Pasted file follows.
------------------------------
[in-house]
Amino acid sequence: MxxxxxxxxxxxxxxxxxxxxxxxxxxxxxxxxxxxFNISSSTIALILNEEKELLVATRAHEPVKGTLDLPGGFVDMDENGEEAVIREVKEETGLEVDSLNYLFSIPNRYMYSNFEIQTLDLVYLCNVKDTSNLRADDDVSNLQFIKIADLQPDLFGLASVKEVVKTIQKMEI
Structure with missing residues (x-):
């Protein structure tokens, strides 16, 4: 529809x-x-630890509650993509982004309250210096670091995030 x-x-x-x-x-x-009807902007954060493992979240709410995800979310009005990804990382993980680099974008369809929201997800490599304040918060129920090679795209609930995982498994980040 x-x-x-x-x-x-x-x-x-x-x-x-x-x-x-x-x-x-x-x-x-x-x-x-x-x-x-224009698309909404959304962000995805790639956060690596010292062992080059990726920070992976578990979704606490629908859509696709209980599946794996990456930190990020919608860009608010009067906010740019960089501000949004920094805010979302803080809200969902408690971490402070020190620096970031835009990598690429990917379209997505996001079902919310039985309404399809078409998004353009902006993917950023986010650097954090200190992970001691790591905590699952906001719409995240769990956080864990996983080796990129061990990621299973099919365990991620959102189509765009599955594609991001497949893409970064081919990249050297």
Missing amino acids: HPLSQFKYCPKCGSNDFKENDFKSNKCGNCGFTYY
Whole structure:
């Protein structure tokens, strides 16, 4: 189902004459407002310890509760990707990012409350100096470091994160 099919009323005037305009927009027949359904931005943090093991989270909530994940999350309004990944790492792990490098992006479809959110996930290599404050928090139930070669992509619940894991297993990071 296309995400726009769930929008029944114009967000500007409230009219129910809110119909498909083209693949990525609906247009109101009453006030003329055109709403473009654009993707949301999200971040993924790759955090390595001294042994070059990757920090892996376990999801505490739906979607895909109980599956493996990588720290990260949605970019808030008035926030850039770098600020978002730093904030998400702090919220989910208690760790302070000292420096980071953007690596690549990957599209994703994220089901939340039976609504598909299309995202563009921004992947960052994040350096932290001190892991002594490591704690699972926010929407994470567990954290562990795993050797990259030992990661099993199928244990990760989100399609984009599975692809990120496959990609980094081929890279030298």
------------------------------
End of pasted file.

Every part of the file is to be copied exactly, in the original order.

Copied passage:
[in-house]
Amino acid sequence: MxxxxxxxxxxxxxxxxxxxxxxxxxxxxxxxxxxxFNISSSTIALILNEEKELLVATRAHEPVKGTLDLPGGFVDMDENGEEAVIREVKEETGLEVDSLNYLFSIPNRYMYSNFEIQTLDLVYLCNVKDTSNLRADDDVSNLQFIKIADLQPDLFGLASVKEVVKTIQKMEI
Structure with missing residues (x-):
């Protein structure tokens, strides 16, 4: 529809x-x-630890509650993509982004309250210096670091995030 x-x-x-x-x-x-009807902007954060493992979240709410995800979310009005990804990382993980680099974008369809929201997800490599304040918060129920090679795209609930995982498994980040 x-x-x-x-x-x-x-x-x-x-x-x-x-x-x-x-x-x-x-x-x-x-x-x-x-x-x-224009698309909404959304962000995805790639956060690596010292062992080059990726920070992976578990979704606490629908859509696709209980599946794996990456930190990020919608860009608010009067906010740019960089501000949004920094805010979302803080809200969902408690971490402070020190620096970031835009990598690429990917379209997505996001079902919310039985309404399809078409998004353009902006993917950023986010650097954090200190992970001691790591905590699952906001719409995240769990956080864990996983080796990129061990990621299973099919365990991620959102189509765009599955594609991001497949893409970064081919990249050297």
Missing amino acids: HPLSQFKYCPKCGSNDFKENDFKSNKCGNCGFTYY
Whole structure:
């Protein structure tokens, strides 16, 4: 189902004459407002310890509760990707990012409350100096470091994160 099919009323005037305009927009027949359904931005943090093991989270909530994940999350309004990944790492792990490098992006479809959110996930290599404050928090139930070669992509619940894991297993990071 296309995400726009769930929008029944114009967000500007409230009219129910809110119909498909083209693949990525609906247009109101009453006030003329055109709403473009654009993707949301999200971040993924790759955090390595001294042994070059990757920090892996376990999801505490739906979607895909109980599956493996990588720290990260949605970019808030008035926030850039770098600020978002730093904030998400702090919220989910208690760790302070000292420096980071953007690596690549990957599209994703994220089901939340039976609504598909299309995202563009921004992947960052994040350096932290001190892991002594490591704690699972926010929407994470567990954290562990795993050797990259030992990661099993199928244990990760989100399609984009599975692809990120496959990609980094081929890279030298």